Garden State Equality Speaks to Parents about Becoming LGBTQ Allies

As part of the MBS Crimson Conversations series for parents, Ashley Riker of Garden State Equality led a Zoom workshop on Wednesday night, February 3, entitled “Parents as Allies: How to Talk to Your Children about LGBTQ Topics.”

Riker, who serves as Safe Schools and Community Education Manager, began by discussing the mission of Garden State Equality, which provides advocacy, services and programming to meet the needs of the LGBTQ community across New Jersey and promote equality for all.  She spoke about the benefits of LBGTQ inclusion in schools and reviewed terminology and language.

“LGBTQ people use a variety of terms to describe their identity and talk about who they are,” she said. “Listen. Pay attention to how people are talking about themselves and then mirror their language. Most importantly, respect self-identification.”

Riker explained the meaning of LGBTQQIAAP, which stands for lesbian, gay, bisexual, transgender, queer, questioning, intersex, allies, asexual, and pansexual, and spoke about the differences between sexual orientation, gender identity, and gender expression. She also addressed the idea of gender binary (boy/girl) vs. gender as a spectrum. “Gender is complex and refers to our cultural beliefs, expectations and assumptions about what it means to be a man or a woman,” she said. “It is culturally contingent and historically contingent.”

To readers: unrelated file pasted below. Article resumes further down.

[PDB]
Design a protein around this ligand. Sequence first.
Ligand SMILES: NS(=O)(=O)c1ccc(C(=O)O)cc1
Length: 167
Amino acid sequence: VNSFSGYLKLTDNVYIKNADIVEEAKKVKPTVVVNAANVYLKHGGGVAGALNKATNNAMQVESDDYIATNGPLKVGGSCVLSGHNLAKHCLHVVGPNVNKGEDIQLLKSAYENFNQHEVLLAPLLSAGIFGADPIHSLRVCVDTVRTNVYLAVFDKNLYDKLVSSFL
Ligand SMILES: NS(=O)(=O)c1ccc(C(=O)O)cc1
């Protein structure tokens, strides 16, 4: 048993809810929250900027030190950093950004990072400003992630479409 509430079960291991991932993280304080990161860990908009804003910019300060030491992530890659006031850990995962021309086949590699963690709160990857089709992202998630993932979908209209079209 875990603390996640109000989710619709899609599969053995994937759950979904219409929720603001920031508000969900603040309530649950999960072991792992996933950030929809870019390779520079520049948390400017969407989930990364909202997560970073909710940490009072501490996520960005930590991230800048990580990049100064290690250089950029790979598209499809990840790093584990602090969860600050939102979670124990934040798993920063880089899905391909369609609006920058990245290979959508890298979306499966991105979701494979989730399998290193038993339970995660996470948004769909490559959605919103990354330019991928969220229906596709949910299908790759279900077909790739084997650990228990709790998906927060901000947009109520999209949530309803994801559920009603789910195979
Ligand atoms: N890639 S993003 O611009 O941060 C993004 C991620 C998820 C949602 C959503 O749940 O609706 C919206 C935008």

She concluded her presentation by underscoring the need for LGBTQ allies. Riker stated that LGBTQ youth have the highest rates of family abandonment and homelessness of any demographic youth group, are more likely to attempt suicide, and are twice as likely as their peers to say they have been physically assaulted at school. 

“Just showing that you care can change the trajectory of a child’s mental health,” said Riker. “Even a simple gesture of support such as displaying a rainbow flag or other symbol can mean a lot.”

She mentioned that online support meetings are held weekly at

Additional resources can be found at

Special thanks to Michael McGrann, MBS Coordinator of Middle School DEI Initiatives, for coordinating Wednesday night’s presentation.


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